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AbstractThe chapter about the Gram-positive bacterial cell wall gives a brief historical background on the discovery of Gram-positive cell walls and their constituents and microscopic methods applied for studying the Gram-positive cell envelope. Followed by the description of the different chemical building blocks of peptidoglycan and the biosynthesis of the peptidoglycan layers and high turnover of peptidoglycan during bacterial growth. Lipoteichoic acids and wall teichoic acids are highlighted as major components of the cell wall. Characterization of capsules and the formation of extracellular vesicles by Gram-positive bacteria close the section on cell envelopes which have a high impact on bacterial pathogenesis. In addition, the specialized complex and unusual cell wall of mycobacteria is introduced thereafter. Next a short back view is given on the development of electron microscopic examinations for studying bacterial cell walls. Different electron microscopic techniques and methods applied to examine bacterial cell envelopes are discussed in the view that most of the illustrated methods should be available in a well-equipped life sciences orientated electron microscopic laboratory. In addition, newly developed and mostly well-established cryo-methods like high-pressure freezing and freeze-substitution (HPF-FS) and cryo-sections of hydrated vitrified bacteria (CEMOVIS, Cryo-electron microscopy of vitreous sections) are described. At last, modern cryo-methods like cryo-electron tomography (CET) and cryo-FIB-SEM milling (focus ion beamscanning electron microscopy) are introduced which are available only in specialized institutions, but at present represent the best available methods and techniques to study Gram-positive cell walls under close-to-nature conditions in great detail and at high resolution.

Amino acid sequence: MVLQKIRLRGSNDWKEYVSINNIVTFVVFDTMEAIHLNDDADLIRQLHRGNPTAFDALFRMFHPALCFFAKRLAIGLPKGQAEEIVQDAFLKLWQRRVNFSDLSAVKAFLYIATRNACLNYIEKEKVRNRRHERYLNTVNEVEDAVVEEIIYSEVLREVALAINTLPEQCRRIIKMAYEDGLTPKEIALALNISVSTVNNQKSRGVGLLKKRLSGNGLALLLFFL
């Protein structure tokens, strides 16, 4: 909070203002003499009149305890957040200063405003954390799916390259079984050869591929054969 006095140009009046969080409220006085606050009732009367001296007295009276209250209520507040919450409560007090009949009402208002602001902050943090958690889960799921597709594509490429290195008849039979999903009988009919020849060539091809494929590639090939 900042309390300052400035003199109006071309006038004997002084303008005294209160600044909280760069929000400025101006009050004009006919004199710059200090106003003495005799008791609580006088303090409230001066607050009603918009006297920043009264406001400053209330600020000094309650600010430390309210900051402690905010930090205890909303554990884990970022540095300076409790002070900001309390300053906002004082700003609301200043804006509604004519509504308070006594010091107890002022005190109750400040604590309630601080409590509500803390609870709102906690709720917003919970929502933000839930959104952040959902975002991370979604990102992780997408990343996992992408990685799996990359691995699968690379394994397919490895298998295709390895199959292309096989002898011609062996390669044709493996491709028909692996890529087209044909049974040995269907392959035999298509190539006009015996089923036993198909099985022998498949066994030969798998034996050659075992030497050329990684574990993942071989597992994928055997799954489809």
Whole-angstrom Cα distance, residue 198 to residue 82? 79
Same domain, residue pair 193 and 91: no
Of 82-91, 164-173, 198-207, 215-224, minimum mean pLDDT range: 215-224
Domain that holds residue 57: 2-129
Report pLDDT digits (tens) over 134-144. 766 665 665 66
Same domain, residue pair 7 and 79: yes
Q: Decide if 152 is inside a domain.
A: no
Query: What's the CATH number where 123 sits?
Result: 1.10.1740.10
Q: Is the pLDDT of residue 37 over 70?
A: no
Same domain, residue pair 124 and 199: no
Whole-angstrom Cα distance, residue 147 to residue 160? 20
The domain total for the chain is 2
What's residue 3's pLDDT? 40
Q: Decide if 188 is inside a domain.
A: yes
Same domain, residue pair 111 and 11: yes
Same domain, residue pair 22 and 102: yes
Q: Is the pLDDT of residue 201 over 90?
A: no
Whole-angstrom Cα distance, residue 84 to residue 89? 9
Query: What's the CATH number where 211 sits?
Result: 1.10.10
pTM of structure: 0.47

CitationMicrobiol Spectr. 2019 May;7(3). doi: 10.1128/microbiolspec.GPP3-0044-2018.
AffiliationHZI,Helmholtz-Zentrum für Infektionsforschung GmbH, Inhoffenstr. 7,38124 Braunschweig, Germany.
PublisherAmerican Society for Microbiology
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- Creative Commons
Except where otherwise noted, this item's license is described as Attribution-NonCommercial-ShareAlike 4.0 International
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